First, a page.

Some people say faith is very personal, and that the internal experiences one receives while utilizing faith can lead people to their own truth, or partial truth. The Mormon answer to this question usually is to point out that the light of Christ is accessible to all people. That there are truths to be found in all religions, so it makes sense that people get spiritual witnesses for those truths. I think that people stop at that thought and think, “yeah that sounds nice, that sounds equitable” and don’t continue down the thought process and go asking grandma.

The Mormon prophet Spencer Kimball said:

“The great religious leaders of the world such as Muhammad, Confucius, and the Reformers, as well as philosophers including Socrates, Plato, and others, received a portion of God’s light. Moral truths were given to them by God to enlighten whole nations and to bring a higher level of understanding to individuals. . . . Our message therefore is one of special love and concern for the eternal welfare of all men and women, regardless of religious belief, race, or nationality, knowing that we are truly brothers and sisters.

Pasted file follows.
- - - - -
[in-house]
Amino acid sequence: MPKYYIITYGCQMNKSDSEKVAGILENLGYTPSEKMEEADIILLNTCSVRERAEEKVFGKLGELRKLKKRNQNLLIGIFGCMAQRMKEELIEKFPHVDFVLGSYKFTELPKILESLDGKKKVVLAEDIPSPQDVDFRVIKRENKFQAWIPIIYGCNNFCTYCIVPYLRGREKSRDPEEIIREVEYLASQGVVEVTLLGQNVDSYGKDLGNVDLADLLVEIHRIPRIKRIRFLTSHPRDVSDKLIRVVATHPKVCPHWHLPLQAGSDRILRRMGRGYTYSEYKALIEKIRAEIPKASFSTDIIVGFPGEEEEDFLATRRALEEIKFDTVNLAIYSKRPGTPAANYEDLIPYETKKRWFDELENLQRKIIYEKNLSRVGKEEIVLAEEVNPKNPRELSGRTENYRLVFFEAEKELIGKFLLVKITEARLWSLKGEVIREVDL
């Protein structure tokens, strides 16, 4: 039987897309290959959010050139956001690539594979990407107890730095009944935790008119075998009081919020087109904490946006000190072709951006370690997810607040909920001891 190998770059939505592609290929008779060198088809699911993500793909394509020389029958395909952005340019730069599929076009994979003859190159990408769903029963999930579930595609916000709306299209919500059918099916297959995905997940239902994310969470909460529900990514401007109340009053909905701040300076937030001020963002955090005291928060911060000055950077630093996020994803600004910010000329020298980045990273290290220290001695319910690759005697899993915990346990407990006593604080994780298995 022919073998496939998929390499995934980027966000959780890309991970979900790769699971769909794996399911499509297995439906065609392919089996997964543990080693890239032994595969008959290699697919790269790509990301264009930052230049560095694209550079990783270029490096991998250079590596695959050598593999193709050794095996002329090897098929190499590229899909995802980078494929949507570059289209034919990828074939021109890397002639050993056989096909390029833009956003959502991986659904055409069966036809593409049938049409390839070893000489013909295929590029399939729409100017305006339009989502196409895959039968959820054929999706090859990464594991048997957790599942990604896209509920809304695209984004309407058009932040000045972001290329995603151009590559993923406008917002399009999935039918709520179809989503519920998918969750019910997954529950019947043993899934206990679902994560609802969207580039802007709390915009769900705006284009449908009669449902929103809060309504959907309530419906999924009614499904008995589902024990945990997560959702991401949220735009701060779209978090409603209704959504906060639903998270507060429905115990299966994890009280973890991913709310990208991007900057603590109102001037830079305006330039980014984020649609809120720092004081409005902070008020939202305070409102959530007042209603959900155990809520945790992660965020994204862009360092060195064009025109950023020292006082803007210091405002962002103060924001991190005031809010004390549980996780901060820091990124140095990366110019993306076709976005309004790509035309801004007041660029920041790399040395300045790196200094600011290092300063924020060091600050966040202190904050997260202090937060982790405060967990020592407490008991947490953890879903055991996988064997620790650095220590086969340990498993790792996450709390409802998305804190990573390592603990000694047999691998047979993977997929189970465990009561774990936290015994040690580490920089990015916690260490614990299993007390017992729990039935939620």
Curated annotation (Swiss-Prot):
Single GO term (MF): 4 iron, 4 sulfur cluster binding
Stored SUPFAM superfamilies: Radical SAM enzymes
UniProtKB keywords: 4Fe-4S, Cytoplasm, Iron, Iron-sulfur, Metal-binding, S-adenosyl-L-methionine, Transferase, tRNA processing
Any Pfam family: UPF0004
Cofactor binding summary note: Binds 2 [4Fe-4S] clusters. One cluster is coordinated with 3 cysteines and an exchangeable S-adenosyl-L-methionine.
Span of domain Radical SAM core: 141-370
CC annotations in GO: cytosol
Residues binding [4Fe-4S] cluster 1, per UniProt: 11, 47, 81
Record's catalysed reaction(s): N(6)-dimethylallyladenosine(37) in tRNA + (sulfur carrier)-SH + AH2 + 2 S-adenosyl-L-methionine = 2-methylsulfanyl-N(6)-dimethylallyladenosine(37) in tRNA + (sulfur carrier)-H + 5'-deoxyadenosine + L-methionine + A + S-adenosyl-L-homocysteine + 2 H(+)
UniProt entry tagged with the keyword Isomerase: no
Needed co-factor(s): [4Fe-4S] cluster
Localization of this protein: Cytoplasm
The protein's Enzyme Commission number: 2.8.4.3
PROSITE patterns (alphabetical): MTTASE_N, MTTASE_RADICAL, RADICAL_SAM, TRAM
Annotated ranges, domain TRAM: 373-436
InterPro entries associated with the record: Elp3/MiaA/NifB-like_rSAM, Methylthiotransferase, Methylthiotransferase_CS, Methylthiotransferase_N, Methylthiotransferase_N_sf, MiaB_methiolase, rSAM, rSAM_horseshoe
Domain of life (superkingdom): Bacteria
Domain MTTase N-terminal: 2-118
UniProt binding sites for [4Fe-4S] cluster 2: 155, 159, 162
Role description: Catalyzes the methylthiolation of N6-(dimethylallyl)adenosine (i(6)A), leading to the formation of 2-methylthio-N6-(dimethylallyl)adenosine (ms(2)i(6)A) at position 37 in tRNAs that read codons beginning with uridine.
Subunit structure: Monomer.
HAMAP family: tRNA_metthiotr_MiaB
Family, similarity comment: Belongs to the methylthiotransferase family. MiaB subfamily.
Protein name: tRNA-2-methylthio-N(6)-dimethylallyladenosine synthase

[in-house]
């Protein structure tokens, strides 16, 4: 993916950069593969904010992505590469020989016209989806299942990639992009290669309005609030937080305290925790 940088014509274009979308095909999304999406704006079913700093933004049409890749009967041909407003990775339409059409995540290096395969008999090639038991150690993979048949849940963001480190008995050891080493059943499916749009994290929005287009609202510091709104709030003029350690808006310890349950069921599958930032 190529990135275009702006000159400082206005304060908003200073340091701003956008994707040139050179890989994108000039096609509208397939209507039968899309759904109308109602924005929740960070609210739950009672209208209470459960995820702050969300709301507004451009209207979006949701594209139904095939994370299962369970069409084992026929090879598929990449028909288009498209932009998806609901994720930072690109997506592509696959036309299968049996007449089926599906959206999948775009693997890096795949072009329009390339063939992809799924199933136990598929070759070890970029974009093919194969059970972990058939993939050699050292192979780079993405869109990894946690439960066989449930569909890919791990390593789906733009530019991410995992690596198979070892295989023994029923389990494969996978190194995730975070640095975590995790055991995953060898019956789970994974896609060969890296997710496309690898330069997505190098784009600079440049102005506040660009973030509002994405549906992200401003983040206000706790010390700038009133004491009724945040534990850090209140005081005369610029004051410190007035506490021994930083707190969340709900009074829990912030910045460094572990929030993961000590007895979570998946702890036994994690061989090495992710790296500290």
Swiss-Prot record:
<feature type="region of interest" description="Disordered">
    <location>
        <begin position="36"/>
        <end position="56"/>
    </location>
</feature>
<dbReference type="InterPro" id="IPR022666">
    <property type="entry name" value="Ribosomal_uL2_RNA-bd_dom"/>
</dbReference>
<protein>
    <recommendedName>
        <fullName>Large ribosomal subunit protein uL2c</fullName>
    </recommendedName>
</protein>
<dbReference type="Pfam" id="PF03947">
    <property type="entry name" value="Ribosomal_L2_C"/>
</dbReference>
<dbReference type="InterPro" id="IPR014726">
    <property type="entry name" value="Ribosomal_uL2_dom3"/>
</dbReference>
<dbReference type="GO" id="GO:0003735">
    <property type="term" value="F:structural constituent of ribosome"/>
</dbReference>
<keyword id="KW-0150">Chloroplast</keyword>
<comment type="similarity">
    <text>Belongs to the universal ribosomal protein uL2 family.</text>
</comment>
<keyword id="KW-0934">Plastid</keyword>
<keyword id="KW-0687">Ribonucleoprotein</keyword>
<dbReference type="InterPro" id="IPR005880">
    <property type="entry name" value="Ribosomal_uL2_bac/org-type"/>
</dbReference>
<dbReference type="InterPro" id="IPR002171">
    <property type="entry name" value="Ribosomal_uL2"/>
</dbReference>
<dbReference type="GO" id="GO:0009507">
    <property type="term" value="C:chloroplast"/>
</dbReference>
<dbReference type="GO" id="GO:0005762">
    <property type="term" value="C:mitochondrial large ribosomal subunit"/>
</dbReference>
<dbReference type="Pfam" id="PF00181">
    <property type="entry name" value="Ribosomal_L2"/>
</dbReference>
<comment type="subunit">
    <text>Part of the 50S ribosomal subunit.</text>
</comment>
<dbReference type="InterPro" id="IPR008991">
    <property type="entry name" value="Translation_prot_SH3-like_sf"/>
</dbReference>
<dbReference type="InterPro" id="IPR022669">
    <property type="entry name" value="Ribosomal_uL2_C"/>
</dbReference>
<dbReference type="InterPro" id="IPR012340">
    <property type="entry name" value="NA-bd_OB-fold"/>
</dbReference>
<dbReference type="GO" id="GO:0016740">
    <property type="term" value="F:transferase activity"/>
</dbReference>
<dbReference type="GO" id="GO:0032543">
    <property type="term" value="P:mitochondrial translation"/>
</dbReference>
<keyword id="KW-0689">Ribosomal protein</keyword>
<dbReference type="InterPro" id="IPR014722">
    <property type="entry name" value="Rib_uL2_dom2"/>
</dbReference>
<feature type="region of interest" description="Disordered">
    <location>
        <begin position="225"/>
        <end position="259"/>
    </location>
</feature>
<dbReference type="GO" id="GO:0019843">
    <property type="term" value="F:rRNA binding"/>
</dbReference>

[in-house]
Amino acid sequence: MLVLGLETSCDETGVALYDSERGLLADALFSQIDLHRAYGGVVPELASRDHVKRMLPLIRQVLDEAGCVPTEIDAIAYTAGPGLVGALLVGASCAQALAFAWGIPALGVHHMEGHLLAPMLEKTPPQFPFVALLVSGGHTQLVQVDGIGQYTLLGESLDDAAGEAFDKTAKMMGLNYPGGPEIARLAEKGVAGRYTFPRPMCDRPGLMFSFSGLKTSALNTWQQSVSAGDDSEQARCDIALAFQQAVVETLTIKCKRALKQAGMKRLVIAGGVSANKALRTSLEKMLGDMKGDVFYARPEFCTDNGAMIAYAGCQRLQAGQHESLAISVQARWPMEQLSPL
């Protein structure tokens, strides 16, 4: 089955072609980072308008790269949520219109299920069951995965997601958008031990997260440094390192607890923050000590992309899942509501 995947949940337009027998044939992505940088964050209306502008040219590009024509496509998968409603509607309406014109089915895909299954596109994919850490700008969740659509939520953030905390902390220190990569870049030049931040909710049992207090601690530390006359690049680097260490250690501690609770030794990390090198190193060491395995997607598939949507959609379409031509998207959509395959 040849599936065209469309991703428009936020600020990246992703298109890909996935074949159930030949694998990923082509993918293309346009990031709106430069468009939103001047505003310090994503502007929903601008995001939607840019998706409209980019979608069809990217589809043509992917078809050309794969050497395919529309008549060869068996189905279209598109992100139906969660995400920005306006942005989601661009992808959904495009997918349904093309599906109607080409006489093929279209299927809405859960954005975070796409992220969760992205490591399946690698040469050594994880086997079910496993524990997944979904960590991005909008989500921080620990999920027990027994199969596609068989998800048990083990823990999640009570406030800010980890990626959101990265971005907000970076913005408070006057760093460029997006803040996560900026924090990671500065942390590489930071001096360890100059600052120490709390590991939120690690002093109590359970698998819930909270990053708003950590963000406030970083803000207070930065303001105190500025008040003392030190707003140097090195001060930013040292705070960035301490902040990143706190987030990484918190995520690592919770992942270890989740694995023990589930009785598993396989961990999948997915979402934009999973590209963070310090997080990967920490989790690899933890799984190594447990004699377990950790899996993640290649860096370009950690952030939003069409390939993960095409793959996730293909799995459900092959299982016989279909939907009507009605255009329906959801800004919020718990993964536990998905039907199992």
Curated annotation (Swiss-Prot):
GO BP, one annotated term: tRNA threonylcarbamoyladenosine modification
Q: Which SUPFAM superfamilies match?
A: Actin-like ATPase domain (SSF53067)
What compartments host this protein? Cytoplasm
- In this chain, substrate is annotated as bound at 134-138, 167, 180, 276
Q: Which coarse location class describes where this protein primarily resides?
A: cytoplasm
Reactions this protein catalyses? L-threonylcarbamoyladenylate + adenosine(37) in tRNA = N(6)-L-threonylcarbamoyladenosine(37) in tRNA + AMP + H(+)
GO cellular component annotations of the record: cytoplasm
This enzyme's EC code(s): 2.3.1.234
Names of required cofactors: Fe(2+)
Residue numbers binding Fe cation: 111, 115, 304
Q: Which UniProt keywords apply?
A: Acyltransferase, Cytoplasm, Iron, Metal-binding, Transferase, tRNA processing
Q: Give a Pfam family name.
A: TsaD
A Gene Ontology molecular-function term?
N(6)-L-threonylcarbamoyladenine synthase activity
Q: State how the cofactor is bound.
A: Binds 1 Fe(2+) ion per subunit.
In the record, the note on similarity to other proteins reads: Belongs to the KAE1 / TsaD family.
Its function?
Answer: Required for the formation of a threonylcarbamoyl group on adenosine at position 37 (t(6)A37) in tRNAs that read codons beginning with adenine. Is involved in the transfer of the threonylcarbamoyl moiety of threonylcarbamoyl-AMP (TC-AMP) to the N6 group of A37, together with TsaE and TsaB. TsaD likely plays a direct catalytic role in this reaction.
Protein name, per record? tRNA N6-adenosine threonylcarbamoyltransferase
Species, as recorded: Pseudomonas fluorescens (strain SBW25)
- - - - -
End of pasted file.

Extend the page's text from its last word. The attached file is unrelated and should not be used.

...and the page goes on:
It must be acknowledged that there are profound, irreconcilable doctrinal differences between Islam and the restored gospel. The fundamental claims of the two religions cannot both be true.

Although Muhammad received light from God to teach moral truths to his followers and bring them to a higher understanding, we believe that “the testimony of Jesus is the spirit of prophecy” (Revelation 19:10). …Faithful Muslims, like faithful Latter-day Saints, believe in “standing for something.” In the spiritually starved world in which we live, it is good to know that in many lands the call goes out publicly five times a day from thousands of minarets, announcing the truth for all to hear: “Allahhu akbar! Allahu akbar!” (“God is great! God is great!”) Latter-day Saints can be thankful that this message is being proclaimed.”